The problems associated with passive sensing can be overcome when designing a remote sensing system. One common method is to use a sensor that is capable of detecting radiation in several different portions of the electromagnetic spectrum. For example, by using a combination of visible and thermal infrared channels, weather satellites can provide imagery of the Earth's cloud patterns during both day and night hours. A combination of visible channels and reflected infrared channels can also be used to mathematically correct an image for atmospheric interference, which is caused by energy interacting with and being absorbed by particles in the atmosphere before it reaches a sensor.
The Thematic Mapper (TM), the primary sensor on the Landsat 5 and 7 satellites, is a good example of a passive sensor. This sensor has seven bands, or channels, each being sensitive to a different range of electromagnetic radiation. The sensors on the Thematic Mapper are sensitive to narrow portions of the visible and near infrared portion of the spectrum, with one band sensitive to thermal infrared. The selected range of wavelengths are specifically designed to detect differences in plant production, soil moisture, and mineral content in soils, providing a useful tool in assessing and monitoring land use practices. The sensors depend on available reflected solar energy, so the Landsat satellite is placed into an orbit that ensures that the satellite will pass overhead at the time when the amount of solar radiation is optimal for the sensor.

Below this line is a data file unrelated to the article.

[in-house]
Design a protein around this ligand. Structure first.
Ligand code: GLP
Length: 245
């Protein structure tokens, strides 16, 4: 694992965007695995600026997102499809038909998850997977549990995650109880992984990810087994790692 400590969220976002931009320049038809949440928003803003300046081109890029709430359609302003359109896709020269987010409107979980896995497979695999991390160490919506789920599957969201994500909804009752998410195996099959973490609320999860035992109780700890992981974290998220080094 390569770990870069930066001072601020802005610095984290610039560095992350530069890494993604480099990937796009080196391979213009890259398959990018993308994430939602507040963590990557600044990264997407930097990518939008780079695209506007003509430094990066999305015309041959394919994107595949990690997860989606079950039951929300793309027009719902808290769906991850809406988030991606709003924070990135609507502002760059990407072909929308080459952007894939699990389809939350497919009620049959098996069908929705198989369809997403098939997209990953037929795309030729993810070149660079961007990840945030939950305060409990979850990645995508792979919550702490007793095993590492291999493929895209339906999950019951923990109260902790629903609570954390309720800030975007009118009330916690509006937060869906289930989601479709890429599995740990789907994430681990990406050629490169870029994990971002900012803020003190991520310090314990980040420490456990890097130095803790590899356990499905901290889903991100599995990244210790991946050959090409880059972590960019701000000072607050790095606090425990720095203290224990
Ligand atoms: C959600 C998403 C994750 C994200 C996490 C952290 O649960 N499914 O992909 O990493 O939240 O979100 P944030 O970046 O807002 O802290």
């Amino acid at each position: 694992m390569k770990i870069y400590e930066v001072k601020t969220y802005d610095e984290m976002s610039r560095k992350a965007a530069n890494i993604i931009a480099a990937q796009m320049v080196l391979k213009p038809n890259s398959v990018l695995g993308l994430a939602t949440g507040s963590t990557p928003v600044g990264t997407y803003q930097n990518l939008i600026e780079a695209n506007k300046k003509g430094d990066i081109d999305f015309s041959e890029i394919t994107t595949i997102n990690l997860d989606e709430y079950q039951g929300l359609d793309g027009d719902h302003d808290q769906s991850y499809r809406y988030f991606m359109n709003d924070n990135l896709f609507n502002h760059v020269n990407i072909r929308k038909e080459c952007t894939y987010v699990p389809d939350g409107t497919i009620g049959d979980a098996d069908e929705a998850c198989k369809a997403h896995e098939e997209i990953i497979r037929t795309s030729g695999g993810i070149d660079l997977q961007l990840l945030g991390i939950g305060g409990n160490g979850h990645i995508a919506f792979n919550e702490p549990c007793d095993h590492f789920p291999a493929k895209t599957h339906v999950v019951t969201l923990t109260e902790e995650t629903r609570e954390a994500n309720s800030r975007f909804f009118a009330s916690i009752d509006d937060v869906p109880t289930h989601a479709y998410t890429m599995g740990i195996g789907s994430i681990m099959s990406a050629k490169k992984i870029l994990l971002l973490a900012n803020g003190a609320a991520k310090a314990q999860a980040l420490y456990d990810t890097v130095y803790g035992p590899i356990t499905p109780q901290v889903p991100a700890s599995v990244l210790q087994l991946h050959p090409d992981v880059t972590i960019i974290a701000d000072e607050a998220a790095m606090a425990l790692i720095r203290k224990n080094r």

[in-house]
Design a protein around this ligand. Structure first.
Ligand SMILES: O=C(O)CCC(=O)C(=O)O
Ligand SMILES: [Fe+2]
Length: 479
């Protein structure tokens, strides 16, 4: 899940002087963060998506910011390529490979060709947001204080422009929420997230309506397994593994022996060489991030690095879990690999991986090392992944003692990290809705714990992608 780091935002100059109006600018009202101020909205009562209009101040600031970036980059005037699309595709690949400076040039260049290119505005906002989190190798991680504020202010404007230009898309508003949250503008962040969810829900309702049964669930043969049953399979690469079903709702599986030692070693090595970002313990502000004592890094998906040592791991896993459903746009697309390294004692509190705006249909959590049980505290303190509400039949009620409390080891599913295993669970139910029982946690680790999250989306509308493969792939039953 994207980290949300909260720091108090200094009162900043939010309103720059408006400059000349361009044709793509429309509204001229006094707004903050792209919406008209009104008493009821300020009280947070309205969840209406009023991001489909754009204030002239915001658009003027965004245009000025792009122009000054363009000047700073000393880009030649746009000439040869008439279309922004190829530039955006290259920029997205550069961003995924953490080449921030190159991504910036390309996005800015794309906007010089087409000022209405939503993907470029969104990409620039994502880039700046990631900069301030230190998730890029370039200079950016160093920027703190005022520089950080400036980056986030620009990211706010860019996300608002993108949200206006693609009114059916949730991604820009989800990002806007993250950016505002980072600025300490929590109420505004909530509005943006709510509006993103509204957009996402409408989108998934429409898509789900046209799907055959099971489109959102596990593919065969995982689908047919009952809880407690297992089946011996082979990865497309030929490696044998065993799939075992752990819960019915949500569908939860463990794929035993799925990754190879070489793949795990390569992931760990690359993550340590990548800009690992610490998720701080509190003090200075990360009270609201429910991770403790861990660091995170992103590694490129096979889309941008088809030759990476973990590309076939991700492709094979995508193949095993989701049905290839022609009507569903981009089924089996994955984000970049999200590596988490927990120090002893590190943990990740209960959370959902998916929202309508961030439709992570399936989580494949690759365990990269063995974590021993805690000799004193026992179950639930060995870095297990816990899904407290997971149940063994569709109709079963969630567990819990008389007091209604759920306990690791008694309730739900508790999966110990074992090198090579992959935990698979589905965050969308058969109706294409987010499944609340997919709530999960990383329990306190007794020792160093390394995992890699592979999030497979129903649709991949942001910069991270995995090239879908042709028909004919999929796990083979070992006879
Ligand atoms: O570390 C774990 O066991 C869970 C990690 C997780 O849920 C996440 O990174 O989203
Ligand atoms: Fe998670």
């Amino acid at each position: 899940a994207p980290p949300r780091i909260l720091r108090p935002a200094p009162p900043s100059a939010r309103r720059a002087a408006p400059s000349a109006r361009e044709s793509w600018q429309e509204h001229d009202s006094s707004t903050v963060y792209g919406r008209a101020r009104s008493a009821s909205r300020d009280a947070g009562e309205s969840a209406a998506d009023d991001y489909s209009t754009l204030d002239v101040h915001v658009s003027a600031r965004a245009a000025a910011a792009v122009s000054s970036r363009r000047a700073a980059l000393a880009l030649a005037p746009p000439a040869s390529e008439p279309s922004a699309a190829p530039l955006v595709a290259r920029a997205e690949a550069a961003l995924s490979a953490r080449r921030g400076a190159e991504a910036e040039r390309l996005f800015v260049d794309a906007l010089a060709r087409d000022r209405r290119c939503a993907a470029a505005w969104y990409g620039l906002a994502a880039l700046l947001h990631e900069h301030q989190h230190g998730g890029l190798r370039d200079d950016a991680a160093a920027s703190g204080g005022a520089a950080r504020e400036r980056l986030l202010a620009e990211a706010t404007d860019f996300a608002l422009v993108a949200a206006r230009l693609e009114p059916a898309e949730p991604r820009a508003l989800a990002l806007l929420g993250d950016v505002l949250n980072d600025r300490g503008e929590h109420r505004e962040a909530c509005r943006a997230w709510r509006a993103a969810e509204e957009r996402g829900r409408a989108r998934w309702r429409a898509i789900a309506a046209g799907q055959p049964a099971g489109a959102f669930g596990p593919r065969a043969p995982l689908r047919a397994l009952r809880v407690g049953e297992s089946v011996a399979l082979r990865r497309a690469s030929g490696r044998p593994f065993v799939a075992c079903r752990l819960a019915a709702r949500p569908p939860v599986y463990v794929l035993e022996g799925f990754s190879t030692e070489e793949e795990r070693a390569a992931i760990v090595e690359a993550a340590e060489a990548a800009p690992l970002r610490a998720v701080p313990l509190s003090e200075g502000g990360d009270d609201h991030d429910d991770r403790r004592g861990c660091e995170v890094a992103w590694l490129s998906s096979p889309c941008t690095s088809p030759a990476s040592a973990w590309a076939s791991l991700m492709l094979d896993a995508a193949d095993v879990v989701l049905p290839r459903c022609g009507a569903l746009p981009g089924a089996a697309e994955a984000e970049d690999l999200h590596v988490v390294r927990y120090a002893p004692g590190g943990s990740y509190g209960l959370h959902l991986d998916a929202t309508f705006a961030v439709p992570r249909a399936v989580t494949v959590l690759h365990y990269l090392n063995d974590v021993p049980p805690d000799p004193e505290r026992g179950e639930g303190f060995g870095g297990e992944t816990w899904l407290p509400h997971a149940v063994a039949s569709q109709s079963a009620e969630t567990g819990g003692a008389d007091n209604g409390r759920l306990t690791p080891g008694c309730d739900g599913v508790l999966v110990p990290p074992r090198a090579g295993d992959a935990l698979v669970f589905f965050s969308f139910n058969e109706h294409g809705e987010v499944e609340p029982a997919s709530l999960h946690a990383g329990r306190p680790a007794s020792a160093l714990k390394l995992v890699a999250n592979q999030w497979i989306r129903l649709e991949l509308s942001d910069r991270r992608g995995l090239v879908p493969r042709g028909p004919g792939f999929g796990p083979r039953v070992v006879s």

Other forms of remote sensing provide their own energy source for illumination of the target. These devices, known as active sensors, direct a burst of radiation at the target and use sensors to measure how the target interacts with the energy. Most often the sensor detects the reflection of the energy, measuring the angle of reflection or the amount of time it took for the energy to return. Active sensors provide the capability to obtain measurements anytime, regardless of the time of day or season. They can be used for examining energy types that are not sufficiently provided by the sun, such as microwaves, or to better control the way a target is illuminated. However, active systems require the generation of a fairly large amount of energy to adequately illuminate targets.